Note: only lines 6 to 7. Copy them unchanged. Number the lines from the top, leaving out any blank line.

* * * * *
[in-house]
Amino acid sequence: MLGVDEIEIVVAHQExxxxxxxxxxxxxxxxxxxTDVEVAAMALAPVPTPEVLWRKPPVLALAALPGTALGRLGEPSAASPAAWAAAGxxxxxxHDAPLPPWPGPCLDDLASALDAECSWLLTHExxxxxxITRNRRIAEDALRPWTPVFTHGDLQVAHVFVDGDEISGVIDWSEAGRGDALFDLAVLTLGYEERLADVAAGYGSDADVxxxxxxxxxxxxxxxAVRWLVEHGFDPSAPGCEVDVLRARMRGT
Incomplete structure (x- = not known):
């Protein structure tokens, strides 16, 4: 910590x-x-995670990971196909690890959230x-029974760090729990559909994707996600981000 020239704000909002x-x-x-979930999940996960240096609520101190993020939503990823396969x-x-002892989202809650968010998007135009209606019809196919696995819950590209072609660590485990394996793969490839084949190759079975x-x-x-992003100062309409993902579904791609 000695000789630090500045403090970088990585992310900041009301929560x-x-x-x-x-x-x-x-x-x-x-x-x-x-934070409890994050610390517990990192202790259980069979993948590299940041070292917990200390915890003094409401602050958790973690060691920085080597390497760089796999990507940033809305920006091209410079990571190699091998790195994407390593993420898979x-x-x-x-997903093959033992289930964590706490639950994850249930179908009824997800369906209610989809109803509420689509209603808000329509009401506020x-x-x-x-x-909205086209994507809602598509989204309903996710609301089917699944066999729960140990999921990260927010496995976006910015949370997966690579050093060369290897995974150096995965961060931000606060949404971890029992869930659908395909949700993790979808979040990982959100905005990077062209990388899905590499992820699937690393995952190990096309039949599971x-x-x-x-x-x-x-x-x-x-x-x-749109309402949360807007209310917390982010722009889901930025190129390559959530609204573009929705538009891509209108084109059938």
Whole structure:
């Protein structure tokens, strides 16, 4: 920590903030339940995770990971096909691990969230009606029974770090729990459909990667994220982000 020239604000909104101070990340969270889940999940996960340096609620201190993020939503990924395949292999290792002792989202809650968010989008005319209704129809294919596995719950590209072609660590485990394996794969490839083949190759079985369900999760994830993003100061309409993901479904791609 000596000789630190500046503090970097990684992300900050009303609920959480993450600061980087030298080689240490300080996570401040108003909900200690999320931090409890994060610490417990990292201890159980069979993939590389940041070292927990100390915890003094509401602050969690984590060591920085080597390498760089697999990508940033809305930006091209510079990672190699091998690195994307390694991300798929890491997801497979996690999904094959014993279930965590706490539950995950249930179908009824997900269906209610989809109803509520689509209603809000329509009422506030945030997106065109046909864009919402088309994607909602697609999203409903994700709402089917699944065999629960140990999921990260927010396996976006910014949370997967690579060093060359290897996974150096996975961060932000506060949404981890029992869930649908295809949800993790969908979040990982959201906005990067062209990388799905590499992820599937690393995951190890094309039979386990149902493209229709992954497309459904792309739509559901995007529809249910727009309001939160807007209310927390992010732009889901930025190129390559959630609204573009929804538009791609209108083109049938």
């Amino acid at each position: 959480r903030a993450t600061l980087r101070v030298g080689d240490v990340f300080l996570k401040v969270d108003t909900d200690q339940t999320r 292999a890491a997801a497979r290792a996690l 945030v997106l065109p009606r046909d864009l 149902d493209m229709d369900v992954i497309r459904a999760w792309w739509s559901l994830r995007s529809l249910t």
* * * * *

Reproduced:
């Protein structure tokens, strides 16, 4: 920590903030339940995770990971096909691990969230009606029974770090729990459909990667994220982000 020239604000909104101070990340969270889940999940996960340096609620201190993020939503990924395949292999290792002792989202809650968010989008005319209704129809294919596995719950590209072609660590485990394996794969490839083949190759079985369900999760994830993003100061309409993901479904791609 000596000789630190500046503090970097990684992300900050009303609920959480993450600061980087030298080689240490300080996570401040108003909900200690999320931090409890994060610490417990990292201890159980069979993939590389940041070292927990100390915890003094509401602050969690984590060591920085080597390498760089697999990508940033809305930006091209510079990672190699091998690195994307390694991300798929890491997801497979996690999904094959014993279930965590706490539950995950249930179908009824997900269906209610989809109803509520689509209603809000329509009422506030945030997106065109046909864009919402088309994607909602697609999203409903994700709402089917699944065999629960140990999921990260927010396996976006910014949370997967690579060093060359290897996974150096996975961060932000506060949404981890029992869930649908295809949800993790969908979040990982959201906005990067062209990388799905590499992820599937690393995951190890094309039979386990149902493209229709992954497309459904792309739509559901995007529809249910727009309001939160807007209310927390992010732009889901930025190129390559959630609204573009929804538009791609209108083109049938």
């Amino acid at each position: 959480r903030a993450t600061l980087r101070v030298g080689d240490v990340f300080l996570k401040v969270d108003t909900d200690q339940t999320r 292999a890491a997801a497979r290792a996690l 945030v997106l065109p009606r046909d864009l 149902d493209m229709d369900v992954i497309r459904a999760w792309w739509s559901l994830r995007s529809l249910t």